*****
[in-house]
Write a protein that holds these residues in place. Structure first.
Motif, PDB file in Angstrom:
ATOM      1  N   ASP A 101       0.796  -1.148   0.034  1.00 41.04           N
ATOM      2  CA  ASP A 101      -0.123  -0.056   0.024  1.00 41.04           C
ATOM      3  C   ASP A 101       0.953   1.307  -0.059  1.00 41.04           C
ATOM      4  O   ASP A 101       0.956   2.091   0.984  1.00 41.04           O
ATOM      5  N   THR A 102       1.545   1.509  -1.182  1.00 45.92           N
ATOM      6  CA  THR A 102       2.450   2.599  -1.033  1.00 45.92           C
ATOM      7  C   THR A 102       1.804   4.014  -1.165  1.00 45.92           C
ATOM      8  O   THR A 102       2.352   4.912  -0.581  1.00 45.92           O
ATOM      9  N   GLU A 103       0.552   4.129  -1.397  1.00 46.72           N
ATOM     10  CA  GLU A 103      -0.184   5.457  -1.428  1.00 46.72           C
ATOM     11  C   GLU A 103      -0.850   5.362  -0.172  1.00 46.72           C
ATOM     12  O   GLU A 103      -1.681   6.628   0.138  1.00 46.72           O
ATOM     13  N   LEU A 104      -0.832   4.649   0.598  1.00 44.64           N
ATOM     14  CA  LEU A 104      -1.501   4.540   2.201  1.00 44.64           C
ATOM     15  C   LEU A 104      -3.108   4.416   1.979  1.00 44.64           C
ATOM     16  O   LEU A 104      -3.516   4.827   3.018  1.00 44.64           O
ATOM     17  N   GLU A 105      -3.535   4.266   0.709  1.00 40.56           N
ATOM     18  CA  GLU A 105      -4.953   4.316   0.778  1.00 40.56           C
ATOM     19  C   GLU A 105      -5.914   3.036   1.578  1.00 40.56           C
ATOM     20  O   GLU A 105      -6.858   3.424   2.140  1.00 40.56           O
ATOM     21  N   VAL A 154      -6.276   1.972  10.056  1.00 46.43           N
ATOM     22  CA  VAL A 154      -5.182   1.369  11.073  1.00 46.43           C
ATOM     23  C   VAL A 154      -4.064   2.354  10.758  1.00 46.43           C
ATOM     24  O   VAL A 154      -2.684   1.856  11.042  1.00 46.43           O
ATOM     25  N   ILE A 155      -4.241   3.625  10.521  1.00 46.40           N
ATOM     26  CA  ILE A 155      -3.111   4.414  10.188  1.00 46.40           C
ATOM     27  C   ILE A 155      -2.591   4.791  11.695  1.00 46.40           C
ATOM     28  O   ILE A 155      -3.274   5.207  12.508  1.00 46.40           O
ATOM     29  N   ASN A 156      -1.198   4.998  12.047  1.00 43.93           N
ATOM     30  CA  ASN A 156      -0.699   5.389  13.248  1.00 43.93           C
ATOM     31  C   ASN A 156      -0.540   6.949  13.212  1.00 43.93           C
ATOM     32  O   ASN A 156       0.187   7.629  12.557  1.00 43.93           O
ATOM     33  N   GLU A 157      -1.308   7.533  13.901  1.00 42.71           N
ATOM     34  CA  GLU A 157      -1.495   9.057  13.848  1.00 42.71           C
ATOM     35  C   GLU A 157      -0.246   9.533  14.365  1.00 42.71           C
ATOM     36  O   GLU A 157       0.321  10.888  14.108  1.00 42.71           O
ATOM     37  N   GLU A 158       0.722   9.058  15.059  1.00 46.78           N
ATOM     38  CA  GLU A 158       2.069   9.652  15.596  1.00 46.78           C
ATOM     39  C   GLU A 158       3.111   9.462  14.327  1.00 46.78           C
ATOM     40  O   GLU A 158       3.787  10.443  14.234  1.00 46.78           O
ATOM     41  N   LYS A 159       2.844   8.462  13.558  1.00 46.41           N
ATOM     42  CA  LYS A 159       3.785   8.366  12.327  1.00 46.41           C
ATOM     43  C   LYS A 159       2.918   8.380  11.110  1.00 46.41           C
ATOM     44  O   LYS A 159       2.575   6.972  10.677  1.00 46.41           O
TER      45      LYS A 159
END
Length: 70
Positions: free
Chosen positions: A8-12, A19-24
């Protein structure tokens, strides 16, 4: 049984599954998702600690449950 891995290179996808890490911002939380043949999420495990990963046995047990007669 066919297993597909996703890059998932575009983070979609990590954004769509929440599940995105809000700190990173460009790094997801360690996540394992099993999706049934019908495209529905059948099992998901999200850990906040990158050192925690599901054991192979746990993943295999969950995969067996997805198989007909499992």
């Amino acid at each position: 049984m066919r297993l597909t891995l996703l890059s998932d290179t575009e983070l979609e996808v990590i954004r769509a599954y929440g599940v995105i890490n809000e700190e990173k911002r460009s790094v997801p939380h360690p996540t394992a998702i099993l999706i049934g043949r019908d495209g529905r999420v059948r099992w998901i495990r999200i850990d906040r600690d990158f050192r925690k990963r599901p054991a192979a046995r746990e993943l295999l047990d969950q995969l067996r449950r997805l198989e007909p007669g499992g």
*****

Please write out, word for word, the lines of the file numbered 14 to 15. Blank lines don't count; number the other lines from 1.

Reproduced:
ATOM     11  C   GLU A 103      -0.850   5.362  -0.172  1.00 46.72           C
ATOM     12  O   GLU A 103      -1.681   6.628   0.138  1.00 46.72           O